IDCA NewsAll IDCA News
13 Feb 2023
Smart Cities to Drive 25% Annual IoT Sensor Growth, Reach $47 Billion in 2025
A continued emergence and development of Smart Cities worldwide is a key driver of anticipated 25.3% annual growth in IoT sensors, according to a new report from ResearchandMarkets.com. There were $19.1 billion in sensors sold in 2021, with the robust growth projected in this report expected to have begun in 2022. At this rate, the market for IoT sensors will reach $47 billion in 2025.
Sensors covered in the report measure temperature, pressure, humidity, soil moisture, heartbeat, and are used across Smart Cities and smart buildings, industrial automation, aerospace and defense, education, and entertainment.
Smart Cities are described in the report have smart homes that control home thermostats through networked sensors and voice recognition. Sensors can also abate emissions from buildings who deploy them, as governments encourage energy-efficient cities in efforts to reach Net Zero goals by 2030 and 2050, the report says. “For instance,” the report notes, “28 cities in mostly North America and Europe have (already) signed up for the Net Zero Carbon Buildings Commitment by the World Green Building Council. Examples include Portland (OR), Los Angeles, and London.”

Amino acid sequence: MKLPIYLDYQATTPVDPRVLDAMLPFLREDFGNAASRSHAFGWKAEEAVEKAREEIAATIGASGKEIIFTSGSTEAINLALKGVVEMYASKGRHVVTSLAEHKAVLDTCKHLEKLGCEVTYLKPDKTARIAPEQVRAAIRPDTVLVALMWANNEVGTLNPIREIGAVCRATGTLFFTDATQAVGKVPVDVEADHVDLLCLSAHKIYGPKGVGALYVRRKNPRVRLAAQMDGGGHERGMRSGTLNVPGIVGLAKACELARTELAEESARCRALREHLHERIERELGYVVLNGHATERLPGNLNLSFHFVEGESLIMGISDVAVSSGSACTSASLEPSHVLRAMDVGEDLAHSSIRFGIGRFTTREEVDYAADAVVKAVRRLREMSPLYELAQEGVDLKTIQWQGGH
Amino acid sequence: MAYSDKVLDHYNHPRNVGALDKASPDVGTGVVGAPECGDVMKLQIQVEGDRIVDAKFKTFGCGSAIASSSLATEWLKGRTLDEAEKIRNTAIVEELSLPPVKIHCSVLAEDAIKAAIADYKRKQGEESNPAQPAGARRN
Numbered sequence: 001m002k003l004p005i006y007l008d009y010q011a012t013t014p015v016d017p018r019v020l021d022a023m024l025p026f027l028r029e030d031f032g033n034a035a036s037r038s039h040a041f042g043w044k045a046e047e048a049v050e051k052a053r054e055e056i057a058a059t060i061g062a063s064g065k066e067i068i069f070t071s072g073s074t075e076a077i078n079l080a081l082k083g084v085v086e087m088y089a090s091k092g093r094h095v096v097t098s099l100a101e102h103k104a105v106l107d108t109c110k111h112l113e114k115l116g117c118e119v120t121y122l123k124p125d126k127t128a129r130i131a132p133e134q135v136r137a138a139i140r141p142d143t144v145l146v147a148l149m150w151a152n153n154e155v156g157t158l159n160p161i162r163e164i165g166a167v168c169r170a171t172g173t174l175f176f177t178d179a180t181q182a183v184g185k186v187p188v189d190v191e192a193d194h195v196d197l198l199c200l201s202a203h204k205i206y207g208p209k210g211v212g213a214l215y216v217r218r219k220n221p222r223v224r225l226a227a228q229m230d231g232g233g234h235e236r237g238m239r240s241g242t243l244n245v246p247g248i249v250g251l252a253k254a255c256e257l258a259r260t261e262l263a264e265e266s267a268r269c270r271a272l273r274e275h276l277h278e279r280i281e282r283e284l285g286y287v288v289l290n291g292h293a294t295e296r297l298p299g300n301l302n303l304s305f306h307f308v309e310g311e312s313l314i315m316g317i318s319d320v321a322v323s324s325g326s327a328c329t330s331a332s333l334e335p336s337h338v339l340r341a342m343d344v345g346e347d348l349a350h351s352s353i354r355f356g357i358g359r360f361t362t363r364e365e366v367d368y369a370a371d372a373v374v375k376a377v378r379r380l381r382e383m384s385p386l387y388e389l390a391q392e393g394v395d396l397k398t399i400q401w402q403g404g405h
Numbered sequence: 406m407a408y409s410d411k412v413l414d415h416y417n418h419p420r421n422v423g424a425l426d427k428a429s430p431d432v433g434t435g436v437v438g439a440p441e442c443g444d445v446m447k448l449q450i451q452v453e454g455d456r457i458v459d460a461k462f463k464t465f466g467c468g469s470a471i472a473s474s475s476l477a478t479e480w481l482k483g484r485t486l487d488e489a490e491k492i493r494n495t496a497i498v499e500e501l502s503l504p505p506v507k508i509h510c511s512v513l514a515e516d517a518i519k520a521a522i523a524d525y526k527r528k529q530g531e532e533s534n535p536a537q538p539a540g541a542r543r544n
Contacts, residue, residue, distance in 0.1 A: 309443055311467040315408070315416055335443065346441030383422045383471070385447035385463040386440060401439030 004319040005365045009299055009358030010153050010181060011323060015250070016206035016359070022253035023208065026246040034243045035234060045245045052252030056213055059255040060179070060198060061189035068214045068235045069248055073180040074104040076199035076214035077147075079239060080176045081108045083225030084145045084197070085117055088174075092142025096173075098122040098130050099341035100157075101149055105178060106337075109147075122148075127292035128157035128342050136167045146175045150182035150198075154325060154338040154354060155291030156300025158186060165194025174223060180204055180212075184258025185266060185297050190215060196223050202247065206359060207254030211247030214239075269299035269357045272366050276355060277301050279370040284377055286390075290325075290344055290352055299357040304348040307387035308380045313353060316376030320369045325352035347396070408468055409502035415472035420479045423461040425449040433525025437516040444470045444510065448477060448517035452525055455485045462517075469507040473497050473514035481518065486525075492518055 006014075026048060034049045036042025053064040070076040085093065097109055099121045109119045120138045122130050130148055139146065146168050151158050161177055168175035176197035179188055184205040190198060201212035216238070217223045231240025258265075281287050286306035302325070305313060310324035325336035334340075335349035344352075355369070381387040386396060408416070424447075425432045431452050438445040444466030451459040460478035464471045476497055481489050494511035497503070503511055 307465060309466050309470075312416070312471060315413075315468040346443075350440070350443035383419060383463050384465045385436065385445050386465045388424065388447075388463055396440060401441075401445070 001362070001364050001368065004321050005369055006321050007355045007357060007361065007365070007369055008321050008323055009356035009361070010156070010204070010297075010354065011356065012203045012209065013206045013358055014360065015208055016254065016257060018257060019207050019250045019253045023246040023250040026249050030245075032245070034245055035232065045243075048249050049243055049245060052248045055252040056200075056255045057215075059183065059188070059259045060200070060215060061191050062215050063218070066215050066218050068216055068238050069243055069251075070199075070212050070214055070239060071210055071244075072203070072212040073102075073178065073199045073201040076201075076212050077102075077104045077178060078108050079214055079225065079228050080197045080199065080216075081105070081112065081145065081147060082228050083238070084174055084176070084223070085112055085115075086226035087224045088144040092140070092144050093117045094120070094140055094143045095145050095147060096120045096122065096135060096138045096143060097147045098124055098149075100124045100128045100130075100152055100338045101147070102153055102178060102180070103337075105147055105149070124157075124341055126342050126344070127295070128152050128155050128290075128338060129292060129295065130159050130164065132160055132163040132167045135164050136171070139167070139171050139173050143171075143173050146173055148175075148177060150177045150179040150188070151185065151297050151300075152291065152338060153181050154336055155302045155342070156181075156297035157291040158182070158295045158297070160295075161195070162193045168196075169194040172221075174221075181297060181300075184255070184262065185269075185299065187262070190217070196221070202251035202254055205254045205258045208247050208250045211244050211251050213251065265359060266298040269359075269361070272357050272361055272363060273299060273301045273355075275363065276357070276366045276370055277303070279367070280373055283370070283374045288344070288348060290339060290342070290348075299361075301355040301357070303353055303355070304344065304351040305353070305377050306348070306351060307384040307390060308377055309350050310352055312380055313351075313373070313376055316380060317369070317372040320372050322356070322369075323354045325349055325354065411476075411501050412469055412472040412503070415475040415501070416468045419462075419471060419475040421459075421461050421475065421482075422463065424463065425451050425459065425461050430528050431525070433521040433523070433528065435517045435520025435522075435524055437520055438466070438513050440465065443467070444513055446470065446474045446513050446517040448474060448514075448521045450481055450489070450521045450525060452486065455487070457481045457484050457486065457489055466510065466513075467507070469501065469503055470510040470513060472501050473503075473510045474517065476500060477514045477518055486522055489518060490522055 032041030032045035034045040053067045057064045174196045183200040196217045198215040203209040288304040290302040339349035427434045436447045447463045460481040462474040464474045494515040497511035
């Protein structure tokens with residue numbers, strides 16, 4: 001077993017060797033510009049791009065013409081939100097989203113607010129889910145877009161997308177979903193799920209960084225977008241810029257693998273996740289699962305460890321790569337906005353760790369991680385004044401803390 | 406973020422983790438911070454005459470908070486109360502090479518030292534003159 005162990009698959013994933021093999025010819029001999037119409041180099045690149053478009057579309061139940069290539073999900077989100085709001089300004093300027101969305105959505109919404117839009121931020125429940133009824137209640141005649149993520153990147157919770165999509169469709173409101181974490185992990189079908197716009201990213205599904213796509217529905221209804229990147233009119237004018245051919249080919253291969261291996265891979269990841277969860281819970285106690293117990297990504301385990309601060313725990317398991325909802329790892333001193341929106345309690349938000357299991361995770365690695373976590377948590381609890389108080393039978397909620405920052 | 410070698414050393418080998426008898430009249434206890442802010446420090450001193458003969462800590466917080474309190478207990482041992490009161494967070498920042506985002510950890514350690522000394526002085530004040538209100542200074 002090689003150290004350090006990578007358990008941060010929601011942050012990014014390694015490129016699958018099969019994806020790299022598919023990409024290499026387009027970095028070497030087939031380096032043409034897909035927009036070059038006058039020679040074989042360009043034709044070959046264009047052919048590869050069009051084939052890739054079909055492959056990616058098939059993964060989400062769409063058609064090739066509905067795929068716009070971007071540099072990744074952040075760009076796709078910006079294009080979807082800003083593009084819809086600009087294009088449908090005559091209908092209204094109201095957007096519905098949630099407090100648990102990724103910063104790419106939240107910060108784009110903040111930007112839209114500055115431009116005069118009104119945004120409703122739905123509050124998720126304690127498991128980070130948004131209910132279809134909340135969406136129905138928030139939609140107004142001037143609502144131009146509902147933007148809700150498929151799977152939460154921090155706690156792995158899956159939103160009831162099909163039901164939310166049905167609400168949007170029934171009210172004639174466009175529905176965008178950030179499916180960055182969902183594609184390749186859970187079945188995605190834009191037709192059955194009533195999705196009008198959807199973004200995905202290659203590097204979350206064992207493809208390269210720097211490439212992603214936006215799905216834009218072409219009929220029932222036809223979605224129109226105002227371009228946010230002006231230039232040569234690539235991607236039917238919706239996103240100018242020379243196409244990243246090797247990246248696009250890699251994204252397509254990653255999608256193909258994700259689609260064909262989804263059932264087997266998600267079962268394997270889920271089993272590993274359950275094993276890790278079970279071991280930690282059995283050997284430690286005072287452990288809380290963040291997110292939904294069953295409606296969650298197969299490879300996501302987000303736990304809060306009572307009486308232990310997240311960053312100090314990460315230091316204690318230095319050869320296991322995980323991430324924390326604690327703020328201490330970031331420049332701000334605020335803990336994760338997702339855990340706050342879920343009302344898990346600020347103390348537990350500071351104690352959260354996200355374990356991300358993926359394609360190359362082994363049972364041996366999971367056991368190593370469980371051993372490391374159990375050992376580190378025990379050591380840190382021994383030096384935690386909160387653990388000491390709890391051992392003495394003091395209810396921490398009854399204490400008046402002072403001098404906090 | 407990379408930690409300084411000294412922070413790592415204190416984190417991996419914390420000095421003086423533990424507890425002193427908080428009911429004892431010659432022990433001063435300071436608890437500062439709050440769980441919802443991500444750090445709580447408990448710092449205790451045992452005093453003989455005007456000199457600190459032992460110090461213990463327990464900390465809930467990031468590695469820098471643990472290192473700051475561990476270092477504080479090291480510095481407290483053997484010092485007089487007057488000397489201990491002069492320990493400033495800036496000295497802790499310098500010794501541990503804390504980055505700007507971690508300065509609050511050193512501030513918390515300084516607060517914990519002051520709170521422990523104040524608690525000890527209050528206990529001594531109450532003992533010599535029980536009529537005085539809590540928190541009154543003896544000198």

Healthcare is another area specifically cited by the report – today sensors monitor patient's vital signs as well as key reading such as glucose levels, the report states. Sensors are also used to track the real-time location of medical equipment such as defibrillators, wheelchairs, oxygen pumps, nebulizers, and other monitoring equipment.
Many Companies, Billions of Sensors
Companies cited in the report include Texas Instruments, Infineon, ST Micro, Siemens, Honeywell, and Analog Devices.
The billions of new sensors expected to be deployed during the upcoming years of steady growth will generate enormous amounts of data, much of it in real-time or near-real-time, which must be networked and processed.
Running the Numbers
Much of it will remain in long-term storage as well. A data center might dedicate 2 to 3 petabytes of storage per megawatt of overall size, according to IDCA Research. A real-time flow of 1,000 sensors delivering a kilobyte per second equals 3.6 terabytes per hour of data generation, or more than 15 petabytes per year running at just 50% overall capacity.
Running any real-world scenario shows that the numbers scale rapidly; big IoT deployments will thus be planned alongside robust edge datacenters wherever they are found.
Follow us on social media: